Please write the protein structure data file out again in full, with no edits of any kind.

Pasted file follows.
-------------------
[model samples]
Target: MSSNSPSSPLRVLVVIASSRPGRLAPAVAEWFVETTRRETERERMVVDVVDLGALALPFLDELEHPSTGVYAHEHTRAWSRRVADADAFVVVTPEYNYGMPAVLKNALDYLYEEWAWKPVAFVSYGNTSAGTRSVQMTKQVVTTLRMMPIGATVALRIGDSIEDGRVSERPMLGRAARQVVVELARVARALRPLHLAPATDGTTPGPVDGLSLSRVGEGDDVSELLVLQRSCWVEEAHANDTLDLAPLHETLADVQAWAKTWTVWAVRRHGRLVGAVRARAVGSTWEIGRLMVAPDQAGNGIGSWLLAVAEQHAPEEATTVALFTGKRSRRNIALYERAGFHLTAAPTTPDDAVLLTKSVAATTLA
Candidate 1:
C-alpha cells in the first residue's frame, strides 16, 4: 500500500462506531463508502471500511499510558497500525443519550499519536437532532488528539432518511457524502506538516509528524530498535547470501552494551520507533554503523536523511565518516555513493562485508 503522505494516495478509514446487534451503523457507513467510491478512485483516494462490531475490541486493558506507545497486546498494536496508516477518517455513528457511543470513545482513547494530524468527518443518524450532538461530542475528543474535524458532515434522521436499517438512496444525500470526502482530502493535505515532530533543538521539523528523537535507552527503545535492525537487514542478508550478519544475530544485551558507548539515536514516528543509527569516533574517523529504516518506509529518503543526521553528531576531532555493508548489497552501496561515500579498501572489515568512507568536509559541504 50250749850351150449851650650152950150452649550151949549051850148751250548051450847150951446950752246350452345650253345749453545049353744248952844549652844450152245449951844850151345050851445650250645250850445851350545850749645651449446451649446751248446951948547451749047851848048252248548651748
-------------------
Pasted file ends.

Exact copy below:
[model samples]
Target: MSSNSPSSPLRVLVVIASSRPGRLAPAVAEWFVETTRRETERERMVVDVVDLGALALPFLDELEHPSTGVYAHEHTRAWSRRVADADAFVVVTPEYNYGMPAVLKNALDYLYEEWAWKPVAFVSYGNTSAGTRSVQMTKQVVTTLRMMPIGATVALRIGDSIEDGRVSERPMLGRAARQVVVELARVARALRPLHLAPATDGTTPGPVDGLSLSRVGEGDDVSELLVLQRSCWVEEAHANDTLDLAPLHETLADVQAWAKTWTVWAVRRHGRLVGAVRARAVGSTWEIGRLMVAPDQAGNGIGSWLLAVAEQHAPEEATTVALFTGKRSRRNIALYERAGFHLTAAPTTPDDAVLLTKSVAATTLA
Candidate 1:
C-alpha cells in the first residue's frame, strides 16, 4: 500500500462506531463508502471500511499510558497500525443519550499519536437532532488528539432518511457524502506538516509528524530498535547470501552494551520507533554503523536523511565518516555513493562485508 503522505494516495478509514446487534451503523457507513467510491478512485483516494462490531475490541486493558506507545497486546498494536496508516477518517455513528457511543470513545482513547494530524468527518443518524450532538461530542475528543474535524458532515434522521436499517438512496444525500470526502482530502493535505515532530533543538521539523528523537535507552527503545535492525537487514542478508550478519544475530544485551558507548539515536514516528543509527569516533574517523529504516518506509529518503543526521553528531576531532555493508548489497552501496561515500579498501572489515568512507568536509559541504 50250749850351150449851650650152950150452649550151949549051850148751250548051450847150951446950752246350452345650253345749453545049353744248952844549652844450152245449951844850151345050851445650250645250850445851350545850749645651449446451649446751248446951948547451749047851848048252248548651748